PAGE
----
Every week our guest blogger, David Oakes of Mosaic Money Management (aka The Financial Ironmonger), shares with us his take on some of the major UK and overseas macro and political events that shaped the previous week.
Please be reminded the value of investments, and the income from them, may fall or rise. The views expressed in this article are those of the author at the date of publication and not necessarily those of Chelverton Asset Management Limited or Mosaic Money Management. The contents of this article are not intended as investment or tax advice and will not be updated after publication unless otherwise stated.
–THE FINANCIAL IRONMONGER BLOG NO 38/2017–
The first time I went to Florence was in 1985, when two return tickets from London with British Airways cost £1,000. I have every sympathy with the plight of Ryanair passengers caught up in the missing pilot saga, or whatever it is, but travel then was only for the rich, or impecunious. The visit coincided with a severe drought, end September, and the Arno had run dry, to the extent that the fountains had been shut off, together with more basic facilities. The rats were having a field day, in the river bed.
Last time, I stayed in the hills above the city, now dominated by tourists from the Far East wearing identical ponchos, following a guide holding a table tennis bat as a rallying point. I vowed never to return.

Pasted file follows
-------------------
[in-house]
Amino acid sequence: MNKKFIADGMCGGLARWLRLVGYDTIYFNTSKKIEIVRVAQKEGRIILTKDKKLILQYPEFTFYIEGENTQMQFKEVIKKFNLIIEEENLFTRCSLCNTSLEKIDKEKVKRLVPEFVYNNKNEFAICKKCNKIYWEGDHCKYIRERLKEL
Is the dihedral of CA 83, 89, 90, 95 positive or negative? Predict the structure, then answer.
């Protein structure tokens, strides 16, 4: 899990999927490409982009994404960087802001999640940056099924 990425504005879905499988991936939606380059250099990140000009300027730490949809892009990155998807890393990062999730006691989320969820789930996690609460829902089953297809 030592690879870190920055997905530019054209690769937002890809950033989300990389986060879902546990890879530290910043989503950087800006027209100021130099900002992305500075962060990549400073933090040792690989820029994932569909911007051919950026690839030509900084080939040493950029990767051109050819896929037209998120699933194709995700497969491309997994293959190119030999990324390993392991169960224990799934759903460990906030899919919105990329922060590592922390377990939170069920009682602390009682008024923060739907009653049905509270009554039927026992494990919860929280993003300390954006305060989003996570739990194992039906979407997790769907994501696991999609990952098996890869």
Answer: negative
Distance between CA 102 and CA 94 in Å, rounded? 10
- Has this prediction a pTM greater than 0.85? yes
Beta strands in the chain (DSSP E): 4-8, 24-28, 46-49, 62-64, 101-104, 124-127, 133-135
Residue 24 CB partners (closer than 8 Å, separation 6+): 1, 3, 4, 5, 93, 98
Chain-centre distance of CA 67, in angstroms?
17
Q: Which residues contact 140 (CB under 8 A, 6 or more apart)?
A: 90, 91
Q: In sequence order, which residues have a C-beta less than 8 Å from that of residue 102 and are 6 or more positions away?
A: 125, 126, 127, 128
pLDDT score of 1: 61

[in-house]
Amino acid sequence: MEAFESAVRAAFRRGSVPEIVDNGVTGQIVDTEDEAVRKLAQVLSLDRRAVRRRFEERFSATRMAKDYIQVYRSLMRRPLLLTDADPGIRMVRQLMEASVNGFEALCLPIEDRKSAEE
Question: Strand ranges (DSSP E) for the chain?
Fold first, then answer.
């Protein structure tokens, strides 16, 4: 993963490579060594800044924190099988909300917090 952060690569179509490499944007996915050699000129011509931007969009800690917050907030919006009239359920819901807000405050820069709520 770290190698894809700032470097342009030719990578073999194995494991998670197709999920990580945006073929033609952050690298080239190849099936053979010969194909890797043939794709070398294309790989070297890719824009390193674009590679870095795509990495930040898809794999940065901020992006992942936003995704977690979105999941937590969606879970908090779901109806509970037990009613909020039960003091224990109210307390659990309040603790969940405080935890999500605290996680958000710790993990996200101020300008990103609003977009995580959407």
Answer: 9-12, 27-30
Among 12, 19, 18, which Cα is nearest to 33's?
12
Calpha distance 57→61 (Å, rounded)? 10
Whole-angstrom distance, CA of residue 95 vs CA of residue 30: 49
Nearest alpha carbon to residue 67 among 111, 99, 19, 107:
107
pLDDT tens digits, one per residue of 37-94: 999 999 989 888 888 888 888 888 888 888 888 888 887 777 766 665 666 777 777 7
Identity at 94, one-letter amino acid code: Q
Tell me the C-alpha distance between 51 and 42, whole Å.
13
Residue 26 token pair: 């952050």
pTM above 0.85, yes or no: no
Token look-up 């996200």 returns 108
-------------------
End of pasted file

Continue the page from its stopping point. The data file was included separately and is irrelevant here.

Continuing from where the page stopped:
So, it seems a curious place for the PM to choose to make her speech on the future of Brexit; hopelessly hobbled by her cabinet as to where this is going, and pretty much ignored by the EU. I do not know if the Italian PM was invited, but he was not turning up. Sources indicate that an offer to continue paying £10bn to the EU, per annum, for the two years after we leave, is a compromise that can be pushed through the Commons, providing we get free access to the European market.
This is way short of their demands, and is nothing more than a payment to keep the EU at the negotiating table. Indeed, it seems to be the only point of any substance to have come out of the speech, which given the arm-twisting that preceded it, is a pretty limp outcome. It has been obvious for quite some time that there would need to be an extended implementation period, so it is a waste of time traipsing off to Italy to confirm what everyone knew. Nigel Farage, one of the most successful politicians of his generation, reckons that May will be gone before Christmas, and I would not bet against it.
At the time of the limited coalition deal with the DUP, (which produced a notional majority), they got the Chief Whip to sign it off on behalf of the Government, reckoning that May’s was worthless. And nothing much gets passed the DUP. Those who hoped to see matters concluded fairly quickly are in for the long haul; uncertainty is not known as a strong growth stimulant. Much the same as planting your new roses in gravel rather than peat.
Contrast this with Transport for London who axed Uber’s operating licence on Friday, subject to 21 days’ notice. Queue some hysterical PR; apparently 40,000 drivers are to lose their “job”, whilst 3.5mn Londoners are to be inconvenienced. This works out at an average of 88 trips per day, per driver, and might explain the traffic problems, which leads me to conclude that you should not read too much in to press releases. As a way of demonising the Labour mayor, and getting Brexit out of the headlines, it is a brilliant wheeze.